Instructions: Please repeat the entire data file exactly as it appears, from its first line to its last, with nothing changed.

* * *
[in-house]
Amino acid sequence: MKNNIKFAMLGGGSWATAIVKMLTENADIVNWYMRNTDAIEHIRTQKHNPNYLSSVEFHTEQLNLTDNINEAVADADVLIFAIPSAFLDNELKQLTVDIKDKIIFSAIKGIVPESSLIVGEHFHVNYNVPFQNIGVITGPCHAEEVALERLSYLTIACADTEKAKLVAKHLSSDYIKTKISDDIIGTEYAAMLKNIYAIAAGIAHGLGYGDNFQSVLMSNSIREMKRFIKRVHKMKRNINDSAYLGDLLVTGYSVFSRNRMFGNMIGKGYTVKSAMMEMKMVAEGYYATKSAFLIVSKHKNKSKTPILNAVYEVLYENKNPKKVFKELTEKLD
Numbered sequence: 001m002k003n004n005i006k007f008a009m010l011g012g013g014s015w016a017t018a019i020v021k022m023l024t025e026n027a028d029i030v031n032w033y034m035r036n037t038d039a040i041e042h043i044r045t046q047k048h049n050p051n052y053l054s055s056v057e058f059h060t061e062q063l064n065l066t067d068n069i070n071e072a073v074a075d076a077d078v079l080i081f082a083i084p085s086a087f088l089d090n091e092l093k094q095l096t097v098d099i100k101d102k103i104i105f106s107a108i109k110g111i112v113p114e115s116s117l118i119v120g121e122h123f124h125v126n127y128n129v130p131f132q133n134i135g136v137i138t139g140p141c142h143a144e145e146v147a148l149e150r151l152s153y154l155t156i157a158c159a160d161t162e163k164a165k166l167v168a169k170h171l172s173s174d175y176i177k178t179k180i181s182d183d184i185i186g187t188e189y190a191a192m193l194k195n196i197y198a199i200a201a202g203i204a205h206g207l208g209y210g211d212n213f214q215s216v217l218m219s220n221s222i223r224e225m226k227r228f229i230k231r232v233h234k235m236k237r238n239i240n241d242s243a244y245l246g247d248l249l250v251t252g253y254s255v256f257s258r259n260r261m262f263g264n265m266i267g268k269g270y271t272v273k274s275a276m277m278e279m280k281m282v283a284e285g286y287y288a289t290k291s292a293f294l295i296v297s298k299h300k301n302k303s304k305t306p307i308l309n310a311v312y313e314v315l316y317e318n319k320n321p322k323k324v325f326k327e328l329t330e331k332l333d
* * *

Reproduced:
[in-house]
Amino acid sequence: MKNNIKFAMLGGGSWATAIVKMLTENADIVNWYMRNTDAIEHIRTQKHNPNYLSSVEFHTEQLNLTDNINEAVADADVLIFAIPSAFLDNELKQLTVDIKDKIIFSAIKGIVPESSLIVGEHFHVNYNVPFQNIGVITGPCHAEEVALERLSYLTIACADTEKAKLVAKHLSSDYIKTKISDDIIGTEYAAMLKNIYAIAAGIAHGLGYGDNFQSVLMSNSIREMKRFIKRVHKMKRNINDSAYLGDLLVTGYSVFSRNRMFGNMIGKGYTVKSAMMEMKMVAEGYYATKSAFLIVSKHKNKSKTPILNAVYEVLYENKNPKKVFKELTEKLD
Numbered sequence: 001m002k003n004n005i006k007f008a009m010l011g012g013g014s015w016a017t018a019i020v021k022m023l024t025e026n027a028d029i030v031n032w033y034m035r036n037t038d039a040i041e042h043i044r045t046q047k048h049n050p051n052y053l054s055s056v057e058f059h060t061e062q063l064n065l066t067d068n069i070n071e072a073v074a075d076a077d078v079l080i081f082a083i084p085s086a087f088l089d090n091e092l093k094q095l096t097v098d099i100k101d102k103i104i105f106s107a108i109k110g111i112v113p114e115s116s117l118i119v120g121e122h123f124h125v126n127y128n129v130p131f132q133n134i135g136v137i138t139g140p141c142h143a144e145e146v147a148l149e150r151l152s153y154l155t156i157a158c159a160d161t162e163k164a165k166l167v168a169k170h171l172s173s174d175y176i177k178t179k180i181s182d183d184i185i186g187t188e189y190a191a192m193l194k195n196i197y198a199i200a201a202g203i204a205h206g207l208g209y210g211d212n213f214q215s216v217l218m219s220n221s222i223r224e225m226k227r228f229i230k231r232v233h234k235m236k237r238n239i240n241d242s243a244y245l246g247d248l249l250v251t252g253y254s255v256f257s258r259n260r261m262f263g264n265m266i267g268k269g270y271t272v273k274s275a276m277m278e279m280k281m282v283a284e285g286y287y288a289t290k291s292a293f294l295i296v297s298k299h300k301n302k303s304k305t306p307i308l309n310a311v312y313e314v315l316y317e318n319k320n321p322k323k324v325f326k327e328l329t330e331k332l333d